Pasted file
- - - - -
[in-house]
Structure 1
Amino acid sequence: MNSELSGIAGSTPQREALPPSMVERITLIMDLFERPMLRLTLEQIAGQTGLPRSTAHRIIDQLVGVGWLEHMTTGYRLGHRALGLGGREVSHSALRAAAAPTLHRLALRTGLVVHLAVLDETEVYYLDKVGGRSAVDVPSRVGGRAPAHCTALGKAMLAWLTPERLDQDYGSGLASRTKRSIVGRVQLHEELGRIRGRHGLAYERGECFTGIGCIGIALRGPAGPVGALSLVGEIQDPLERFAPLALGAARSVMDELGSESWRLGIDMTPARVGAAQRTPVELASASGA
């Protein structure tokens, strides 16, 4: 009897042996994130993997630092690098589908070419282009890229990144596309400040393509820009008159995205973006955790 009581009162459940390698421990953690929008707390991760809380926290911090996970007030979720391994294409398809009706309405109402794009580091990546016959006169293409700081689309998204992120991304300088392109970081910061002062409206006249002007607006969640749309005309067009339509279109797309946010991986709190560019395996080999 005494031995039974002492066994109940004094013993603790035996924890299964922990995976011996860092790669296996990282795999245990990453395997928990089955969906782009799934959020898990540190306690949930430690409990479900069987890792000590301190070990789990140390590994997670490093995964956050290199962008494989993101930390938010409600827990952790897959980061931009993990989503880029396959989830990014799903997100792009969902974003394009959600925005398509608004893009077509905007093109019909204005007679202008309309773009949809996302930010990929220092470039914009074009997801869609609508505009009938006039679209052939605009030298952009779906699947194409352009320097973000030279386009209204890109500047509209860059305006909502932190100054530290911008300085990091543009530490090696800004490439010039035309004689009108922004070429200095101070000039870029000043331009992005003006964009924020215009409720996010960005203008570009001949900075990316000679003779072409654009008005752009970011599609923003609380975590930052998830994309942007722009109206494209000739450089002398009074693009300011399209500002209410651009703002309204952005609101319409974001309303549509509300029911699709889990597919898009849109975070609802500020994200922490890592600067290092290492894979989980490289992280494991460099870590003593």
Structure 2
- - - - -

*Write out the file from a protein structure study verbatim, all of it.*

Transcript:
[in-house]
Structure 1
Amino acid sequence: MNSELSGIAGSTPQREALPPSMVERITLIMDLFERPMLRLTLEQIAGQTGLPRSTAHRIIDQLVGVGWLEHMTTGYRLGHRALGLGGREVSHSALRAAAAPTLHRLALRTGLVVHLAVLDETEVYYLDKVGGRSAVDVPSRVGGRAPAHCTALGKAMLAWLTPERLDQDYGSGLASRTKRSIVGRVQLHEELGRIRGRHGLAYERGECFTGIGCIGIALRGPAGPVGALSLVGEIQDPLERFAPLALGAARSVMDELGSESWRLGIDMTPARVGAAQRTPVELASASGA
């Protein structure tokens, strides 16, 4: 009897042996994130993997630092690098589908070419282009890229990144596309400040393509820009008159995205973006955790 009581009162459940390698421990953690929008707390991760809380926290911090996970007030979720391994294409398809009706309405109402794009580091990546016959006169293409700081689309998204992120991304300088392109970081910061002062409206006249002007607006969640749309005309067009339509279109797309946010991986709190560019395996080999 005494031995039974002492066994109940004094013993603790035996924890299964922990995976011996860092790669296996990282795999245990990453395997928990089955969906782009799934959020898990540190306690949930430690409990479900069987890792000590301190070990789990140390590994997670490093995964956050290199962008494989993101930390938010409600827990952790897959980061931009993990989503880029396959989830990014799903997100792009969902974003394009959600925005398509608004893009077509905007093109019909204005007679202008309309773009949809996302930010990929220092470039914009074009997801869609609508505009009938006039679209052939605009030298952009779906699947194409352009320097973000030279386009209204890109500047509209860059305006909502932190100054530290911008300085990091543009530490090696800004490439010039035309004689009108922004070429200095101070000039870029000043331009992005003006964009924020215009409720996010960005203008570009001949900075990316000679003779072409654009008005752009970011599609923003609380975590930052998830994309942007722009109206494209000739450089002398009074693009300011399209500002209410651009703002309204952005609101319409974001309303549509509300029911699709889990597919898009849109975070609802500020994200922490890592600067290092290492894979989980490289992280494991460099870590003593």
Structure 2